COTA Not Bringing Back CBUS – or Late Night Service – Any Time SoonSeptember 1, 2021 1:46 pm Brent Warren
Last spring, several express lines starting running again for the first time since the Central Ohio Transit Authority was forced to start cutting back bus service at the beginning of the pandemic.
At the time, COTA officials expressed hope that the restoration of late night service would be the next improvement to be implemented, and suggested that buses would start running a later schedule starting in September.
A shortage of drivers, though, has pushed that timeline back – late night service was not a part of the agency’s September service updates, and likely won’t be brought back until next spring at the earliest.
Also not included in the September changes was the restoration of the CBUS Circulator route, which offered no-fare trips for riders traveling between the Short North, Downtown and the Brewery District.
“COTA does not have any plans at this time to bring CBUS back,” said Jeff Pullin, Public & Media Relations Manager. “COTA continues to focus on the C-Pass program, which is a property owner and business-sponsored program and provides greater benefits for customers, namely unlimited transit on all lines at no cost to them.”
COTA CEO Joanna Pinkerton has spoken in the past about expanding the C-Pass program – it is currently only available to Downtown workers whose employers have opted in, or to Downtown residents who live in a building that participates – but the agency has not announced any formal expansion of the program.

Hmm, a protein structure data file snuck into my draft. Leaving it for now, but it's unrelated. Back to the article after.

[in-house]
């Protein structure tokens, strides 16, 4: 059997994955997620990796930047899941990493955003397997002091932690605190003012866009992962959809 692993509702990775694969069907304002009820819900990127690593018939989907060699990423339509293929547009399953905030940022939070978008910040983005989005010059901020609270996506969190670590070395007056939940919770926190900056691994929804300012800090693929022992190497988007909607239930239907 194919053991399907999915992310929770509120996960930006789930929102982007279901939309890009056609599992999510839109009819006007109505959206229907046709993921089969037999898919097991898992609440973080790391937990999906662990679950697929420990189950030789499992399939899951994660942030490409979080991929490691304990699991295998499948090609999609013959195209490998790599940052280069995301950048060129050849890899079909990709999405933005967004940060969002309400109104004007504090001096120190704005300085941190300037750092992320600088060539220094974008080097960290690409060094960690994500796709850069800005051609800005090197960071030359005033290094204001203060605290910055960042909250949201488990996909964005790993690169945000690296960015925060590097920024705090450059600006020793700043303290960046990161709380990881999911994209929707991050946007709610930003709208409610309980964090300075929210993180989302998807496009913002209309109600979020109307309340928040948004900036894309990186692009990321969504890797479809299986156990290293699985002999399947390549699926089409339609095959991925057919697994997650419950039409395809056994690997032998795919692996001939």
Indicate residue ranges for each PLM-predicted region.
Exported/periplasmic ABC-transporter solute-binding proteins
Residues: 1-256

Although there are several lines that currently travel between the three neighborhoods that were served by the CBUS, some riders have said they miss the circulator’s convenience and ease of use.
The door is not shut forever on the CBUS – Pullin said that COTA is continually evaluating its service offerings, and that “‘not now’ doesn’t necessarily mean ‘not ever.'”
At the recent public meetings about the September service changes, though, more riders expressed concerns about the return of late night service than the return of the CBUS, and Pullin confirmed that that’s currently a bigger priority for the agency.
COTA started a new hiring push in June, and received a “great response” from people interested in becoming operators, according to Sindy Mondesir, the agency’s Chief People Officer, who added that COTA offers a “very competitive compensation and benefit package” that ranks in the top five percent among transit agencies.
It will take time to hire and train those new applicants, though, likely pushing any new service expansions into next year.
“COTA is financially sound,” said Pullin. “We have the money to bring on more operators, we just need to recruit and hire…that process is under way, but it just takes time.”
A combination of attrition – COTA lost more drivers to retirement and to other jobs over the last year-and-a-half than it had anticipated – and a tight job market have led to the driver shortages, according to Pullin.
“This is not unique to COTA,” said Matt Allison, Chief of Transit Operation. “We’re in contact with many other agencies, and many are experiencing the same workforce challenges.”
For more information about COTA, including job openings, see www.cota.com.